It is an employer’s legal duty to ensure reasonable adjustments are made to negate any disadvantages a person with a disability may encounter when undertaking work duties, in comparison to those who are not affected by a disability. This applies not only to current employees but also to job applicants.
The very nature of reasonable adjustments means that there is no single uniform approach, as they are tailored to meet individual needs. It therefore follows that the type of adjustments required can be wide ranging, however, they do need to fall within the realms of what is deemed as reasonable. Again, what is deemed reasonable will differ depending upon the needs of the individual, and from organisation to organisation, but overall, any changes made must be practical and affordable for the employer to implement.
Reasonable adjustments are also an ongoing concern meaning that reviews may be required throughout your employment to accommodate for your changing needs. They play a significant role in helping employees participate and remain in the workplace.
‘I have a parking space near the office which helps greatly with physical fatigue as I don’t have far to walk. This has also reduced my anxiety as I used to worry about getting there early enough to find a parking space that wasn’t more than five minutes’ walk from the office’
Types of adjustment
Adjustments will vary from person to person in line with specific individual needs. It is therefore difficult to provide a full list of reasonable adjustments. However, the following are a few examples of how they can be applied.
- A person who is affected by visual impairment is provided with suitable assistive technology such as screen readers, digital screen magnification programmes and other adaptive hardware to help them use equipment such as PCs and laptops
- Flexibility in working hours, including bespoke start/finish times, extended breaks, and temporary reductions in working hours when an employee is most affected by their condition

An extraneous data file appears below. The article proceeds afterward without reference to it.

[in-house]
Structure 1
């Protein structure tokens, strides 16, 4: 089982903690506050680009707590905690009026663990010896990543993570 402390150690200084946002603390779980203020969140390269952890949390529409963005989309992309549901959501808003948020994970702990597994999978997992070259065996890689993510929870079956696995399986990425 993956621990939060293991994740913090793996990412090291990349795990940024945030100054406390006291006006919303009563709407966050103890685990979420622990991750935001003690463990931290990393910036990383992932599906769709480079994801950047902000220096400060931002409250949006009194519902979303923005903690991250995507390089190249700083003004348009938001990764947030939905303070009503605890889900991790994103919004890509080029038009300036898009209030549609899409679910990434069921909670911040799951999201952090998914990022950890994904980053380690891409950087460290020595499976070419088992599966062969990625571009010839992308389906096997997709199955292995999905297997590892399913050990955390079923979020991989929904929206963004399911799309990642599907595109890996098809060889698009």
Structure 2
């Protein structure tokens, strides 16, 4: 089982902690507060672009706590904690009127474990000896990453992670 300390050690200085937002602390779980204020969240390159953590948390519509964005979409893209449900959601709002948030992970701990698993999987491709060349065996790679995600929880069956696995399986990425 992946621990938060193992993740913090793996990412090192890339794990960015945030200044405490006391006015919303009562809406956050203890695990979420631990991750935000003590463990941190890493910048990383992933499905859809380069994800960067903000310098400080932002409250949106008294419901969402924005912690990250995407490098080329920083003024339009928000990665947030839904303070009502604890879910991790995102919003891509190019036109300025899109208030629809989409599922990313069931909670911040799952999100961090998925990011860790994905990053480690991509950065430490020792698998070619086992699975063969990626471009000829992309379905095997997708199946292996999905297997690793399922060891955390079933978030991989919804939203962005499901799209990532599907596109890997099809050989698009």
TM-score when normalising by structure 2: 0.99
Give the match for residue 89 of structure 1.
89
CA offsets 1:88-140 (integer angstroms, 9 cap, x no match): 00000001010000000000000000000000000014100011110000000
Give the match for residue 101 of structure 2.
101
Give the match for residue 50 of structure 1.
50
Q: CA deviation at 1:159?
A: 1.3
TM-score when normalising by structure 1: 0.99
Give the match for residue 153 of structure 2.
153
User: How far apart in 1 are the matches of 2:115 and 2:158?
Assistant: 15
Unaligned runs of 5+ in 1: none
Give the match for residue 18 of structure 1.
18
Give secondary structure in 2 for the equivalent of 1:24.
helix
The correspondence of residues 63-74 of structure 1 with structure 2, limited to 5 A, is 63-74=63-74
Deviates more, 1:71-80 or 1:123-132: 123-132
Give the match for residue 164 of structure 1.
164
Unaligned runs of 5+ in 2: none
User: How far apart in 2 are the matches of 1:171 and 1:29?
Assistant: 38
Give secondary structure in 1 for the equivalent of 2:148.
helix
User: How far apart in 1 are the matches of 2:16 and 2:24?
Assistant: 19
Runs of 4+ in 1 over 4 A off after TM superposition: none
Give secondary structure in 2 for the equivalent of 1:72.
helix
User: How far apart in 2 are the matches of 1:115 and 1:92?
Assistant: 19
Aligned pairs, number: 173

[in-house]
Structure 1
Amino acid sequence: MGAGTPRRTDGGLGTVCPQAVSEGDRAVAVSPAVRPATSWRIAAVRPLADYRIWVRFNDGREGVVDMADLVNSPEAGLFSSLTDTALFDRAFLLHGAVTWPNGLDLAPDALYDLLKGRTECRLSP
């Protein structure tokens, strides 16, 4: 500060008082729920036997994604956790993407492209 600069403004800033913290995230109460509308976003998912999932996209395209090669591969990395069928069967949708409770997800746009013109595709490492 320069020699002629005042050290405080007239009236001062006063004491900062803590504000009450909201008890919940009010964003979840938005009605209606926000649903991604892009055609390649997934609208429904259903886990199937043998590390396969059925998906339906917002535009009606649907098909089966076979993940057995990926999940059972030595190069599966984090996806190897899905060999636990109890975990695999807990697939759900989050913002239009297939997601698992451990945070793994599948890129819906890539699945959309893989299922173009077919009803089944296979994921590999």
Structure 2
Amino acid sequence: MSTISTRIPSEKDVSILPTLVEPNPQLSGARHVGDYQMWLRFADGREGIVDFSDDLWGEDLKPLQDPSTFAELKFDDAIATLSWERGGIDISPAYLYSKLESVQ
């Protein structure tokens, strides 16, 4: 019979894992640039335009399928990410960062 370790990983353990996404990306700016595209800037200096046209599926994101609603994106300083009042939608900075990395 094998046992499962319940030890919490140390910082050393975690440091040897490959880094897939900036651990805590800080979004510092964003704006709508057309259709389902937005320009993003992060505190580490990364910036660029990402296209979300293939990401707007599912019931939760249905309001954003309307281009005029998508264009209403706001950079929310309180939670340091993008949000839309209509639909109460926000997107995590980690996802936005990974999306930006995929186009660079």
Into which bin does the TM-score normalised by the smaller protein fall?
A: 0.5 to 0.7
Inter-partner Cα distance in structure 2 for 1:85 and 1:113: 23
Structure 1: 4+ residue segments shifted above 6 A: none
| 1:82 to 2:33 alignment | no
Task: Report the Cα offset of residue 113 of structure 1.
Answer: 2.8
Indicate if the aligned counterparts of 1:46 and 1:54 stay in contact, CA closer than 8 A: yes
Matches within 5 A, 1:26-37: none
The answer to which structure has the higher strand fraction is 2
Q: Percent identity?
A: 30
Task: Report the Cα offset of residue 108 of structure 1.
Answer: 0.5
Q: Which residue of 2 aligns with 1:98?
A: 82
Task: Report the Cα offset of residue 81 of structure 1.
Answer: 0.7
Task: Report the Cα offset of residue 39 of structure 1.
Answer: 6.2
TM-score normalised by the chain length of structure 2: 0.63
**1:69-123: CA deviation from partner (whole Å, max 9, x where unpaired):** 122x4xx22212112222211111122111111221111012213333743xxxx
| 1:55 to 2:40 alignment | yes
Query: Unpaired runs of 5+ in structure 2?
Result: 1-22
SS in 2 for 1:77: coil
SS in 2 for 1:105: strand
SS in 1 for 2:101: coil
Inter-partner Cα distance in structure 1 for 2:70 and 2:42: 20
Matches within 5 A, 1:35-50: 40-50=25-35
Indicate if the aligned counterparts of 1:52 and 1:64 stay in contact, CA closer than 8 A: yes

- Review everyday tasks as per the employee’s job description. This could involve creating a bespoke role for the employee so that they can focus on tasks that are more accessible, either temporarily or permanently
- Providing access to parking spaces that are close to the entrances and exits of workplace buildings
‘I plan my leave to give myself regular breaks through the year’
Whatever solutions are put into place, the result must be the reduction or removal of any disadvantage that the disabled employee could encounter.
‘I was taken off certain duties to ensure I was safe at work’
Starting the conversation
Before consulting with your employer, think of the adjustments that would help you. If your employer has a formal staff handbook have a read through it to see what your employer has written on this matter. The handbook may provide advice on any formalised procedures that you must follow to instigate the conversation.
When you feel ready to do so, arrange for a meeting with your line manager or another appropriate senior colleague for an initial discussion. Alternatively, you may prefer to start the conversation by putting your request for reasonable adjustments forward in writing, explaining more about your ideas of the appropriate measures that you would like to be considered.
It is strongly advised that face to face discussions are backed up in writing so that you have a written trail of the content of your meetings.
How occupational health can help